The direct photolysis of an organic molecule occurs when it absorbs sufficient light energy to result in a structural transformation. The absorption of light in the ultra violet (UV)-visible range, 110-750 nm, can result in the electronic excitation of an organic molecule. The stratospheric ozone layer prevents UV light of less than 290 nm from reaching the earth's surface. Therefore, only light at wavelengths between 290 and 750 nm can result in photochemical transformations in the environment.

A conservative approach to estimating a photochemical degradation rate is to assume that degradation will occur in proportion to the amount of light wavelengths >290 nm absorbed by the molecule. C9-14 Aliphatics (≤ 2% aromatic) contain hydrocarbon molecules that absorb UV light below 290 nm, a range of UV light that does not reach the earth's surface. Therefore, these substances do not have the potential to undergo photolysis in water and soil, and this fate process will not contribute to a measurable degradative loss of these substances from the environment.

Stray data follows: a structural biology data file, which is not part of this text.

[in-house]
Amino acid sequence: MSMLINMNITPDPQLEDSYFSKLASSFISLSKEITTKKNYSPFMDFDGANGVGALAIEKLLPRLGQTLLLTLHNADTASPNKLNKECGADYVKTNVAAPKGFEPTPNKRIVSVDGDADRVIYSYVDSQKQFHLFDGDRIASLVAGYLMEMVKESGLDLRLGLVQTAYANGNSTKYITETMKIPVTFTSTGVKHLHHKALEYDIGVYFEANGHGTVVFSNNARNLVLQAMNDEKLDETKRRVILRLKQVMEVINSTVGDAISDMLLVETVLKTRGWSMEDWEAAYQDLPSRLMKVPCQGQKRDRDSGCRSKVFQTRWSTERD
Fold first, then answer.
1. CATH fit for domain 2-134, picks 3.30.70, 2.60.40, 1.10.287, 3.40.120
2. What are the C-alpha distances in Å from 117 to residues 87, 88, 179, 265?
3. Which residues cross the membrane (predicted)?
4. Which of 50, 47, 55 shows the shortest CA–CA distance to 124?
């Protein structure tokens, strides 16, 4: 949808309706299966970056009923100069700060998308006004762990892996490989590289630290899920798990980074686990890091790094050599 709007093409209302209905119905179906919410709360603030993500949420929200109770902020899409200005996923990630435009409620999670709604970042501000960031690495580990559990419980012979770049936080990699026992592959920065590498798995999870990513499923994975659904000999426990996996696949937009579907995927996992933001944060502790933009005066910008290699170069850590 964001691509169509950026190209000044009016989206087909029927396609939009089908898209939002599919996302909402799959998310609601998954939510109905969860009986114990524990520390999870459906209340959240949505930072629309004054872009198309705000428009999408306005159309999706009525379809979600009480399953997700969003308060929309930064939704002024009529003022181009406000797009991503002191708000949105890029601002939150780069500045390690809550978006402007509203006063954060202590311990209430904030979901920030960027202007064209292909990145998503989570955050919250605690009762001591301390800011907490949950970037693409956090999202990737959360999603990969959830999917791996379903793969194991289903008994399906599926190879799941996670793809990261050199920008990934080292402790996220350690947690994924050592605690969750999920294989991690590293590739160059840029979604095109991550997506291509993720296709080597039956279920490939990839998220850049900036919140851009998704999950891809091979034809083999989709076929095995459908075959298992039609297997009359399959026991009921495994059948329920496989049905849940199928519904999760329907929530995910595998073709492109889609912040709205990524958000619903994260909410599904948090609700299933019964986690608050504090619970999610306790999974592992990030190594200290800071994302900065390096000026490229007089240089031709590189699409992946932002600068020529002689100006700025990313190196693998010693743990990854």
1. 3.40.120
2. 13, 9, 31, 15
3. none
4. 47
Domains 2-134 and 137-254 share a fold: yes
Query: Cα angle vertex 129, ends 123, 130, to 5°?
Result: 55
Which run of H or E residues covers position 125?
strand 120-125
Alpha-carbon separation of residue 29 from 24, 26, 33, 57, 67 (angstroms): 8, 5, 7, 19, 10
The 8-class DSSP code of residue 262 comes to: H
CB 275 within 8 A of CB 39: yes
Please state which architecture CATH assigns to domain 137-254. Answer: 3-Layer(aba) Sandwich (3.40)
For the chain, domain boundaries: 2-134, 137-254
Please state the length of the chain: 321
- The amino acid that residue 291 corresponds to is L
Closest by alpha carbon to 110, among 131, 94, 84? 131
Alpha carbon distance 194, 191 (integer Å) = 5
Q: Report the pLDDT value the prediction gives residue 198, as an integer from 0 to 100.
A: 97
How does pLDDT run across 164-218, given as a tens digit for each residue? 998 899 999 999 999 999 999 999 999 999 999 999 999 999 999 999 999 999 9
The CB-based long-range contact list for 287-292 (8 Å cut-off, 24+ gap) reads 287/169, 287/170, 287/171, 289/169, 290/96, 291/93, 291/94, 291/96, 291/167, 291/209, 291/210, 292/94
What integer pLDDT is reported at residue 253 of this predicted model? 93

Phototransformation in soil

The direct photolysis of an organic molecule occurs when it absorbs sufficient light energy to result in a structural transformation. The absorption of light in the ultra violet (UV)-visible range, 110-750 nm, can result in the electronic excitation of an organic molecule. The stratospheric ozone layer prevents UV light of less than 290 nm from reaching the earth's surface. Therefore, only light at wavelengths between 290 and 750 nm can result in photochemical transformations in the environment.